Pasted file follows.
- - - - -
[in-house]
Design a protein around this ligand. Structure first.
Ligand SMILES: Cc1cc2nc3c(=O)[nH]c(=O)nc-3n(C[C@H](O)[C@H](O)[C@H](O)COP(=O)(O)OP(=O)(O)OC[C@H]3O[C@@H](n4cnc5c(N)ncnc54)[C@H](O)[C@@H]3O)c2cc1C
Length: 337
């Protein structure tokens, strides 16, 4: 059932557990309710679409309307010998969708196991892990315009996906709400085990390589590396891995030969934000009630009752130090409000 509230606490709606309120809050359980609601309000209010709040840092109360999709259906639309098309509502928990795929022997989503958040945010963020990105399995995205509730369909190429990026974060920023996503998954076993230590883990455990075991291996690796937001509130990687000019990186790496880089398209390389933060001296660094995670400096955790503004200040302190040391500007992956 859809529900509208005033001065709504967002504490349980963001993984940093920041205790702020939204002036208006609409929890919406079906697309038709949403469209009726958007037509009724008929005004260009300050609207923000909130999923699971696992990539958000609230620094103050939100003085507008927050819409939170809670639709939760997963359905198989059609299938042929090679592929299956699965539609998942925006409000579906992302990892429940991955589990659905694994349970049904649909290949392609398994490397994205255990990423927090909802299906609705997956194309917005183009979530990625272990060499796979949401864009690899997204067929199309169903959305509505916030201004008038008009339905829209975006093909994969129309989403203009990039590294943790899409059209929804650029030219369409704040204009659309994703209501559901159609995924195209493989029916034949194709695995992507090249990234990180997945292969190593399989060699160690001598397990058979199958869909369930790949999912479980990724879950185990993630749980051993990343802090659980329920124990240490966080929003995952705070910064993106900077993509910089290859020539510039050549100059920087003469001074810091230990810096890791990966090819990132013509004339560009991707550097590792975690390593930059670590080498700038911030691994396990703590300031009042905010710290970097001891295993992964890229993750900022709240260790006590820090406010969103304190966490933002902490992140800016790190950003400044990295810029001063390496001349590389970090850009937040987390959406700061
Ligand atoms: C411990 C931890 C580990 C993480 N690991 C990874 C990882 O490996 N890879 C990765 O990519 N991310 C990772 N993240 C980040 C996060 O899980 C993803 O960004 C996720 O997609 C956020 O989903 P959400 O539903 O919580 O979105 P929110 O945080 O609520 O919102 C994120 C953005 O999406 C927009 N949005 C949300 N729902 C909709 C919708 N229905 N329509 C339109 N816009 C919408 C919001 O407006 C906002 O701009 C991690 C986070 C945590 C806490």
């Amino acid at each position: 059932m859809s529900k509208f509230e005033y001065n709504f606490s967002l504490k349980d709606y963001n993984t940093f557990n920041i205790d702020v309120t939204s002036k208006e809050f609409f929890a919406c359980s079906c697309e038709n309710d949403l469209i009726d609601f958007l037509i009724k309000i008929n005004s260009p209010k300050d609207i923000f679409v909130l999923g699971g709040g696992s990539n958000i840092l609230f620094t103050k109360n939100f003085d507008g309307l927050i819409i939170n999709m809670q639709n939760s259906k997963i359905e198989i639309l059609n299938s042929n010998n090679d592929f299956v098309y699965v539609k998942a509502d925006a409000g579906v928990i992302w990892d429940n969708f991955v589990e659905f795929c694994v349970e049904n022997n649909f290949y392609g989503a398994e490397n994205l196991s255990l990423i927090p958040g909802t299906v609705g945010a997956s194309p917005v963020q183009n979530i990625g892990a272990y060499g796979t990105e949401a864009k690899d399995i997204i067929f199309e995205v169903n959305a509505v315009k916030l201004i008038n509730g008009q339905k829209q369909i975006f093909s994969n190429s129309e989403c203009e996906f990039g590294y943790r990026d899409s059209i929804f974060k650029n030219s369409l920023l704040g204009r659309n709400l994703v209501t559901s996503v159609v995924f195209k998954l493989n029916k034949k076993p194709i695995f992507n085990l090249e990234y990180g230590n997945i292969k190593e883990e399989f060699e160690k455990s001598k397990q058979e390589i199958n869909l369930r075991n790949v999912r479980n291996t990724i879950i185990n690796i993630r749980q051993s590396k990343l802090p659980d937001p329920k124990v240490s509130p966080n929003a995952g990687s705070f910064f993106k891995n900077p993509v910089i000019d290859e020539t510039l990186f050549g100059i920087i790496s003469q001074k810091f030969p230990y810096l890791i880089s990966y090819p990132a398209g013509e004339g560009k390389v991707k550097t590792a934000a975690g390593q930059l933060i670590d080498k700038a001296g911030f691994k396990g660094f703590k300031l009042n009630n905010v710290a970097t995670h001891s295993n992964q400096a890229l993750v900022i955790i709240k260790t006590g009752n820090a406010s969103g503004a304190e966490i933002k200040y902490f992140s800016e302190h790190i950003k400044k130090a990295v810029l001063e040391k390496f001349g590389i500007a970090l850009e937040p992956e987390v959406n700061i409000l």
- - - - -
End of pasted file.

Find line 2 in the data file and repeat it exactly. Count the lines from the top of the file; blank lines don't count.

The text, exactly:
Design a protein around this ligand. Structure first.